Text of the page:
Talking Point - On Attribution11 Mar 2016
Over the next week or so, I’m going to cover, in short form, a couple of topics that have been rattling around my brain for a while now as I continue learning and growing more comfortable working with and thinking about threat intelligence. We are fortunate to have a wonderful community built up around the discipline and I’ve had the opportunity to interact with a lot of amazing people who provide immeasurable wisdom and perspective. Exposure to the community and my own work related to the field inevitably leads me to draw some conclusions and formulate some strong opinions, so here we go.
Whodunnit? Stop it! Stop right there. Before you ask that question, or allow it to be asked of you by management, you need to ask a different question first. Does it matter? While I believe attribution has its place in the analytical process associated with generating threat intelligence, I’m not of the belief it’s always relevant to an organization’s aims in producing that intelligence. While I’m certain that your execs would love to hear that “China did it,” does that matter to your organization? Can you actually do anything with that information?
Attribution, as with any other element of good threat intelligence, needs to be actionable for it to be relevant. See Richard Bejtlich’s post on attribution here for more on the value of attribution used properly. If you can successfully make a strategic, operational, or tactical shift on the basis of knowing who your adversary is, then by all means, attribute! However, I would imagine very few organizations possess the operational and intelligence maturity to respond meaningfully to knowing which specific cybercriminal, activist, or nation-state actor is targeting them. My personal belief is that all the time, effort, and hot air spent over attribution in our industry is largely wasteful. I will say that there is one key exception to this, however; attribution as an element of analysis (as opposed to an end-goal) may give valuable context to an analyst if they can pivot on some element of that attribution and use it to discover additional items of interest related to the actor. Be careful though, because attribution can also introduce cognitive bias! Robert M. Lee, a man much smarter than I, covers this topic and how attribution applies to the various levels of intelligence here.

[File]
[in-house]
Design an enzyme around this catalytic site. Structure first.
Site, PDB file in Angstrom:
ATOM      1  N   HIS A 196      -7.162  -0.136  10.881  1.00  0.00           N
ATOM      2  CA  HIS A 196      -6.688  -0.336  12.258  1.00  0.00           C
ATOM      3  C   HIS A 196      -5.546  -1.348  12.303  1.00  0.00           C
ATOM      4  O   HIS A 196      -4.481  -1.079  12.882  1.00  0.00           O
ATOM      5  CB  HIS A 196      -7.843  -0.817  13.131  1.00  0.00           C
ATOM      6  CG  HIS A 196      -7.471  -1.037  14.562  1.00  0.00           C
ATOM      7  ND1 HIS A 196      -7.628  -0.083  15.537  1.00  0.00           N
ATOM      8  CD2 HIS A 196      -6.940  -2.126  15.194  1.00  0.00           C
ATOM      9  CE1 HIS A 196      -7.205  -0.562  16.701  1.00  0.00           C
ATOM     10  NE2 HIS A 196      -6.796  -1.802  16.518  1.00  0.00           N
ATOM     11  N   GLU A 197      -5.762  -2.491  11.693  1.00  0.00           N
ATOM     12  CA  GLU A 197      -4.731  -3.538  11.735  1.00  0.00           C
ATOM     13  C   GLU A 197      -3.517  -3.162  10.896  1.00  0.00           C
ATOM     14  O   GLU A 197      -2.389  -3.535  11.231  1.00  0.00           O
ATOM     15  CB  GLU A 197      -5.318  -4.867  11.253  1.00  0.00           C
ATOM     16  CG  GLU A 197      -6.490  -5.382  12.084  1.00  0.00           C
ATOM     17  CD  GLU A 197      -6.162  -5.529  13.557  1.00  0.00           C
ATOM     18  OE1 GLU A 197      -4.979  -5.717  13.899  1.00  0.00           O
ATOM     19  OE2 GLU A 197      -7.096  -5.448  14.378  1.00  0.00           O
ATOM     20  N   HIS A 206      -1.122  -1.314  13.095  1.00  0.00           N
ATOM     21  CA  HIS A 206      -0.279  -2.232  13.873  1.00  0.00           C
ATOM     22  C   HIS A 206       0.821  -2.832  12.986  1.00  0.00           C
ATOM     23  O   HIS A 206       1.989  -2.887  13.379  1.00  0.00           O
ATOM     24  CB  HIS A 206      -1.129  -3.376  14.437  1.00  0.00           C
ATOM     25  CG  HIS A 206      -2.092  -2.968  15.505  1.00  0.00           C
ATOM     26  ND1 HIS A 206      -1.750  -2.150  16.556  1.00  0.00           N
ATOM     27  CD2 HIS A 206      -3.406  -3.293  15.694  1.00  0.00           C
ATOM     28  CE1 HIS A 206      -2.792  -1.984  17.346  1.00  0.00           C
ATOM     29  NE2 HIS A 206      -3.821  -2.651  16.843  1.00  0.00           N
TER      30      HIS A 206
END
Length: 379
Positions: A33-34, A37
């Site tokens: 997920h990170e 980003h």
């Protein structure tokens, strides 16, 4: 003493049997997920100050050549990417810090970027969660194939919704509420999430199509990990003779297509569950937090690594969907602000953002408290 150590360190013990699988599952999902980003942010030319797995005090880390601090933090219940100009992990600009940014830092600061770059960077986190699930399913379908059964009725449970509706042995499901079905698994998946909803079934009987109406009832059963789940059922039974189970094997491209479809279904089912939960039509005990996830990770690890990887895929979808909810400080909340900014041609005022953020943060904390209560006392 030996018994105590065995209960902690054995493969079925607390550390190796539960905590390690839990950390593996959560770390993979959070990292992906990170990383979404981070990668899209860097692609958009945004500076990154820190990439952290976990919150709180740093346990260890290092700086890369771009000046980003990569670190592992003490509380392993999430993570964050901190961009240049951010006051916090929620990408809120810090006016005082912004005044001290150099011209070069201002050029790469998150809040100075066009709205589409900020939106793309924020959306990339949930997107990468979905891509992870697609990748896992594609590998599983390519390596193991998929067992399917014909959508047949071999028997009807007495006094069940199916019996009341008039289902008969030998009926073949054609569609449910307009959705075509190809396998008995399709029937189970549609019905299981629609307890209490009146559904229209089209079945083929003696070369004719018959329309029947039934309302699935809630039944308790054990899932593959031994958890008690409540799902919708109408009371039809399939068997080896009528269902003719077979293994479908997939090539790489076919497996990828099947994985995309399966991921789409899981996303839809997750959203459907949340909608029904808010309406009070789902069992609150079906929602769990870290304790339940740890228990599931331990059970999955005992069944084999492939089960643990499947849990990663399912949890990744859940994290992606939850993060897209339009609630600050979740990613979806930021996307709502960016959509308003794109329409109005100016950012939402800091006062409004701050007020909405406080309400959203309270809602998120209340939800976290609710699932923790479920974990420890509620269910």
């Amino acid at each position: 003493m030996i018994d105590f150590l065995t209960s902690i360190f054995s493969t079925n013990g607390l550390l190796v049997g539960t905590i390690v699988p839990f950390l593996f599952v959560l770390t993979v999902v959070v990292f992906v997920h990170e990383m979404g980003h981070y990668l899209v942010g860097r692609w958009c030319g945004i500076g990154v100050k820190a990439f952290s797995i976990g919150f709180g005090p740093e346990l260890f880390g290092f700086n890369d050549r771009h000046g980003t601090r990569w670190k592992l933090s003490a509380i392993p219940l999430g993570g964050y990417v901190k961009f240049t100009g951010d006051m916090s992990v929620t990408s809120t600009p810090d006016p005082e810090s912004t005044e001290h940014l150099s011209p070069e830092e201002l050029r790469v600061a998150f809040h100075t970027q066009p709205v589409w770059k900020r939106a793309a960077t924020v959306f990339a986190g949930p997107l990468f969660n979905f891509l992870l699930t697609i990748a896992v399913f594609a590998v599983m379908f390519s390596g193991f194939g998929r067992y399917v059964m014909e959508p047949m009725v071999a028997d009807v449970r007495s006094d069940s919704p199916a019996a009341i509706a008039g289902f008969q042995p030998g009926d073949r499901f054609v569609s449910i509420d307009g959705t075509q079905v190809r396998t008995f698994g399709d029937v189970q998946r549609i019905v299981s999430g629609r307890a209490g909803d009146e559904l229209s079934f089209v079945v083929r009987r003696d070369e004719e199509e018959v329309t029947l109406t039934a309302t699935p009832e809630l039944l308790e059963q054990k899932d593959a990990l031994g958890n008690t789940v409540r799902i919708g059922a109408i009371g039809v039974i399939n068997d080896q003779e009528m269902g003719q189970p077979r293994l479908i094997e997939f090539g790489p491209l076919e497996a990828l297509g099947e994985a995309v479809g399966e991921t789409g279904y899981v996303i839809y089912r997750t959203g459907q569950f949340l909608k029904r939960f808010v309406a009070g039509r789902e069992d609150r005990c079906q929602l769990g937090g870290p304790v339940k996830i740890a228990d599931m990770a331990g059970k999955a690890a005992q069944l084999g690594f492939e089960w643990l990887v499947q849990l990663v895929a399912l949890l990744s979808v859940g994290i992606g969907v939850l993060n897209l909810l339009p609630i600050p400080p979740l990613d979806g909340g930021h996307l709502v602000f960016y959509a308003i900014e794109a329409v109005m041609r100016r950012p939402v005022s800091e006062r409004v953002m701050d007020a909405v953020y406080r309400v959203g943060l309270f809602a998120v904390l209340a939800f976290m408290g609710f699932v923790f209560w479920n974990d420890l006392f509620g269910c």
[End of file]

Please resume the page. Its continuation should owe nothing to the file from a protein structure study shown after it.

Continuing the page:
Attribution is flashy. Attribution makes it sound like you really know your stuff. Attribution might even give your shareholders someone else to blame. However, if you’re producing intelligence with a stated goal of determining attribution, ask yourself if and how that is relevant to your requirements. If you’re able to translate attribution to meaningful action designed to prevent or respond to a threat, bravo, please continue! If you can’t figure out how to make attribution work for you, either as a component of a finished intelligence product or as an analytical tool, re-assess your goals and requirements and re-direct your efforts to more meaningful analysis that will produce real return on investment for your organization. Threat intelligence is hard enough to master and demonstrate the value of without wasting time pointing fingers to no end, so please, think before you attribute.
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